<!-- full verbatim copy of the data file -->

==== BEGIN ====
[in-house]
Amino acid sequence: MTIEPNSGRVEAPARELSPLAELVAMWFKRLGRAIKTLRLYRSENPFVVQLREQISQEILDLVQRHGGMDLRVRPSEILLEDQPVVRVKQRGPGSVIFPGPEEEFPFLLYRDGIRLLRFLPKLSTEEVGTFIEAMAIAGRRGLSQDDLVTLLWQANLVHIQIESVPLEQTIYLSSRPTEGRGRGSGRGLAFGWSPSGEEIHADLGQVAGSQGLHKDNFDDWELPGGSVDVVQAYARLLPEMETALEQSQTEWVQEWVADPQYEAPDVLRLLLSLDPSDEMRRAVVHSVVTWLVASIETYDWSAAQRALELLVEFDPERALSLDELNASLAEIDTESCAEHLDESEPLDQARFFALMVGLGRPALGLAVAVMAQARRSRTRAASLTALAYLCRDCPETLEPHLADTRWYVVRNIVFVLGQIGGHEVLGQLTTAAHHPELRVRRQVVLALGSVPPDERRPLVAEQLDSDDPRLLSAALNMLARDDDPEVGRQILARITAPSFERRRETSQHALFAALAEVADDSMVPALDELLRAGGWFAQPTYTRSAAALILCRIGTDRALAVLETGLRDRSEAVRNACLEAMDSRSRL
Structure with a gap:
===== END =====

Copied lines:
[in-house]
Amino acid sequence: MTIEPNSGRVEAPARELSPLAELVAMWFKRLGRAIKTLRLYRSENPFVVQLREQISQEILDLVQRHGGMDLRVRPSEILLEDQPVVRVKQRGPGSVIFPGPEEEFPFLLYRDGIRLLRFLPKLSTEEVGTFIEAMAIAGRRGLSQDDLVTLLWQANLVHIQIESVPLEQTIYLSSRPTEGRGRGSGRGLAFGWSPSGEEIHADLGQVAGSQGLHKDNFDDWELPGGSVDVVQAYARLLPEMETALEQSQTEWVQEWVADPQYEAPDVLRLLLSLDPSDEMRRAVVHSVVTWLVASIETYDWSAAQRALELLVEFDPERALSLDELNASLAEIDTESCAEHLDESEPLDQARFFALMVGLGRPALGLAVAVMAQARRSRTRAASLTALAYLCRDCPETLEPHLADTRWYVVRNIVFVLGQIGGHEVLGQLTTAAHHPELRVRRQVVLALGSVPPDERRPLVAEQLDSDDPRLLSAALNMLARDDDPEVGRQILARITAPSFERRRETSQHALFAALAEVADDSMVPALDELLRAGGWFAQPTYTRSAAALILCRIGTDRALAVLETGLRDRSEAVRNACLEAMDSRSRL
Structure with a gap: